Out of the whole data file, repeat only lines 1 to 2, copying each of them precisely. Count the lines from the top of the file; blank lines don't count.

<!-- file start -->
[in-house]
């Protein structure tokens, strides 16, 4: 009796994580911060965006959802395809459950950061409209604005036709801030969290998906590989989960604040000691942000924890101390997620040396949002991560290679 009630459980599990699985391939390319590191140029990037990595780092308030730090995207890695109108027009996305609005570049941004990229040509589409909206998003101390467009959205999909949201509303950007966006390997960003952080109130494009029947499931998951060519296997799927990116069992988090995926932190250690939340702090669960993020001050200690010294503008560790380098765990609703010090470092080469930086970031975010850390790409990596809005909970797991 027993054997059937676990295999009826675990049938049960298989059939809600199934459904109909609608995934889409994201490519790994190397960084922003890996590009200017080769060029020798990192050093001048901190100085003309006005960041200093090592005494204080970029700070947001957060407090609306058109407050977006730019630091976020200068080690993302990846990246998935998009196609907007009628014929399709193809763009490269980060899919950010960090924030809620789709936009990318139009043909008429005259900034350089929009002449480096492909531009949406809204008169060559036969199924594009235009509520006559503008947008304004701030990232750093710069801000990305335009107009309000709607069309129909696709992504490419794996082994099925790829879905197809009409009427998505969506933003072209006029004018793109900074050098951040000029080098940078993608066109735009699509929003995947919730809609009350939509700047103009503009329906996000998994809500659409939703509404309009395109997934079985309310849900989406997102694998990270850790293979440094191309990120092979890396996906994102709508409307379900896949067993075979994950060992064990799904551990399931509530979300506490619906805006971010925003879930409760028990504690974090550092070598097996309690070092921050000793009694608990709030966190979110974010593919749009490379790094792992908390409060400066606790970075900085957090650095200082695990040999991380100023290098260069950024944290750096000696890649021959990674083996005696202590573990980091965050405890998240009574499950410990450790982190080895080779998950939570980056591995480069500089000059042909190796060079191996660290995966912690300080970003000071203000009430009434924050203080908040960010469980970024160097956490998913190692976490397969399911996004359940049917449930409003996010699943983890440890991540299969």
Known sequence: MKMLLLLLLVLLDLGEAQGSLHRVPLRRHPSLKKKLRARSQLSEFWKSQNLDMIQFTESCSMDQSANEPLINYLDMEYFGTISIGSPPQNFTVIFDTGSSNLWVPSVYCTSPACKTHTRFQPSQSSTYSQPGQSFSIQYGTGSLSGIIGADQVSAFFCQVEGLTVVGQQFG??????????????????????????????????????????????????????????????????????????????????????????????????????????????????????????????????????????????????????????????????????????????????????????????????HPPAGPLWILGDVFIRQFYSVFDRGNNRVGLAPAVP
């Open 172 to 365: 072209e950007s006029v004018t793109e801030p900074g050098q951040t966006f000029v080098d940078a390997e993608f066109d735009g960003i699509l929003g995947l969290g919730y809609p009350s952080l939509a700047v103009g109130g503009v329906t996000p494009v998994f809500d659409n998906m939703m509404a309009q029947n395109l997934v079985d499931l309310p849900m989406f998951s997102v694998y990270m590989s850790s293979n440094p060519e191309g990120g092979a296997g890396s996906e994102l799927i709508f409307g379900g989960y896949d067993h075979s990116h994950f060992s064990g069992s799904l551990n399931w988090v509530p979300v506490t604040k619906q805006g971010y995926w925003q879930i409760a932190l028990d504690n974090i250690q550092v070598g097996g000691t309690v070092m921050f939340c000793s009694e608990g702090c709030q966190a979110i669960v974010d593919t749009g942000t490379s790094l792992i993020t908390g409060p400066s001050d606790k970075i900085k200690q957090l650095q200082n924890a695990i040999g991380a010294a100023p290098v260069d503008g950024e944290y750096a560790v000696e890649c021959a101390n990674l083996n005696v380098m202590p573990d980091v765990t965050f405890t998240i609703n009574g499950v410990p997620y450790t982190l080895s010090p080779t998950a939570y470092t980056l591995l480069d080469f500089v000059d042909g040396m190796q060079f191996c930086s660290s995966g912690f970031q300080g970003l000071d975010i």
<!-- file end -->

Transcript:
[in-house]
């Protein structure tokens, strides 16, 4: 009796994580911060965006959802395809459950950061409209604005036709801030969290998906590989989960604040000691942000924890101390997620040396949002991560290679 009630459980599990699985391939390319590191140029990037990595780092308030730090995207890695109108027009996305609005570049941004990229040509589409909206998003101390467009959205999909949201509303950007966006390997960003952080109130494009029947499931998951060519296997799927990116069992988090995926932190250690939340702090669960993020001050200690010294503008560790380098765990609703010090470092080469930086970031975010850390790409990596809005909970797991 027993054997059937676990295999009826675990049938049960298989059939809600199934459904109909609608995934889409994201490519790994190397960084922003890996590009200017080769060029020798990192050093001048901190100085003309006005960041200093090592005494204080970029700070947001957060407090609306058109407050977006730019630091976020200068080690993302990846990246998935998009196609907007009628014929399709193809763009490269980060899919950010960090924030809620789709936009990318139009043909008429005259900034350089929009002449480096492909531009949406809204008169060559036969199924594009235009509520006559503008947008304004701030990232750093710069801000990305335009107009309000709607069309129909696709992504490419794996082994099925790829879905197809009409009427998505969506933003072209006029004018793109900074050098951040000029080098940078993608066109735009699509929003995947919730809609009350939509700047103009503009329906996000998994809500659409939703509404309009395109997934079985309310849900989406997102694998990270850790293979440094191309990120092979890396996906994102709508409307379900896949067993075979994950060992064990799904551990399931509530979300506490619906805006971010925003879930409760028990504690974090550092070598097996309690070092921050000793009694608990709030966190979110974010593919749009490379790094792992908390409060400066606790970075900085957090650095200082695990040999991380100023290098260069950024944290750096000696890649021959990674083996005696202590573990980091965050405890998240009574499950410990450790982190080895080779998950939570980056591995480069500089000059042909190796060079191996660290995966912690300080970003000071203000009430009434924050203080908040960010469980970024160097956490998913190692976490397969399911996004359940049917449930409003996010699943983890440890991540299969």